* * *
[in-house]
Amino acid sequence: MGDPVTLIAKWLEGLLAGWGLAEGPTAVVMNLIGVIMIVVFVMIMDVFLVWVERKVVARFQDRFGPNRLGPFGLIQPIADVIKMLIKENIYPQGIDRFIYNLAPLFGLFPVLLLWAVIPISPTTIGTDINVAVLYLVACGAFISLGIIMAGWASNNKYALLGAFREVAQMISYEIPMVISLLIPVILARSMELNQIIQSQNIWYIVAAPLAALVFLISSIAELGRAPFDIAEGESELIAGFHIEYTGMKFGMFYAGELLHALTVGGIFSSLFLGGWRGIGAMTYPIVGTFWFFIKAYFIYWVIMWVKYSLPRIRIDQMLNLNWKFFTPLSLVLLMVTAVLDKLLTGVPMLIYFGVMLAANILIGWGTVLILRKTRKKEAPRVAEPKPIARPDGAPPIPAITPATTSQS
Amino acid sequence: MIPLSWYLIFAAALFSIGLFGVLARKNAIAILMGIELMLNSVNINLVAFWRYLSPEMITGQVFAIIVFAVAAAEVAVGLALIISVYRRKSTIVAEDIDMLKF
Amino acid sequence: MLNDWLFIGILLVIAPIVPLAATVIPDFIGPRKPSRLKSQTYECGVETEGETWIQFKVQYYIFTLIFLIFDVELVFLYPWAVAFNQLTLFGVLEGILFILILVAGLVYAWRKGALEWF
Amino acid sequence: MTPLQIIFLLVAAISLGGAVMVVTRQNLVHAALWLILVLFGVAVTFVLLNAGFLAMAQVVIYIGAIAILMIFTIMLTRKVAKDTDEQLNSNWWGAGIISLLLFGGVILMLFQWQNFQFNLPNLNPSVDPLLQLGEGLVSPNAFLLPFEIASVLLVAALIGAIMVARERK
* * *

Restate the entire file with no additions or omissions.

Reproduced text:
[in-house]
Amino acid sequence: MGDPVTLIAKWLEGLLAGWGLAEGPTAVVMNLIGVIMIVVFVMIMDVFLVWVERKVVARFQDRFGPNRLGPFGLIQPIADVIKMLIKENIYPQGIDRFIYNLAPLFGLFPVLLLWAVIPISPTTIGTDINVAVLYLVACGAFISLGIIMAGWASNNKYALLGAFREVAQMISYEIPMVISLLIPVILARSMELNQIIQSQNIWYIVAAPLAALVFLISSIAELGRAPFDIAEGESELIAGFHIEYTGMKFGMFYAGELLHALTVGGIFSSLFLGGWRGIGAMTYPIVGTFWFFIKAYFIYWVIMWVKYSLPRIRIDQMLNLNWKFFTPLSLVLLMVTAVLDKLLTGVPMLIYFGVMLAANILIGWGTVLILRKTRKKEAPRVAEPKPIARPDGAPPIPAITPATTSQS
Amino acid sequence: MIPLSWYLIFAAALFSIGLFGVLARKNAIAILMGIELMLNSVNINLVAFWRYLSPEMITGQVFAIIVFAVAAAEVAVGLALIISVYRRKSTIVAEDIDMLKF
Amino acid sequence: MLNDWLFIGILLVIAPIVPLAATVIPDFIGPRKPSRLKSQTYECGVETEGETWIQFKVQYYIFTLIFLIFDVELVFLYPWAVAFNQLTLFGVLEGILFILILVAGLVYAWRKGALEWF
Amino acid sequence: MTPLQIIFLLVAAISLGGAVMVVTRQNLVHAALWLILVLFGVAVTFVLLNAGFLAMAQVVIYIGAIAILMIFTIMLTRKVAKDTDEQLNSNWWGAGIISLLLFGGVILMLFQWQNFQFNLPNLNPSVDPLLQLGEGLVSPNAFLLPFEIASVLLVAALIGAIMVARERK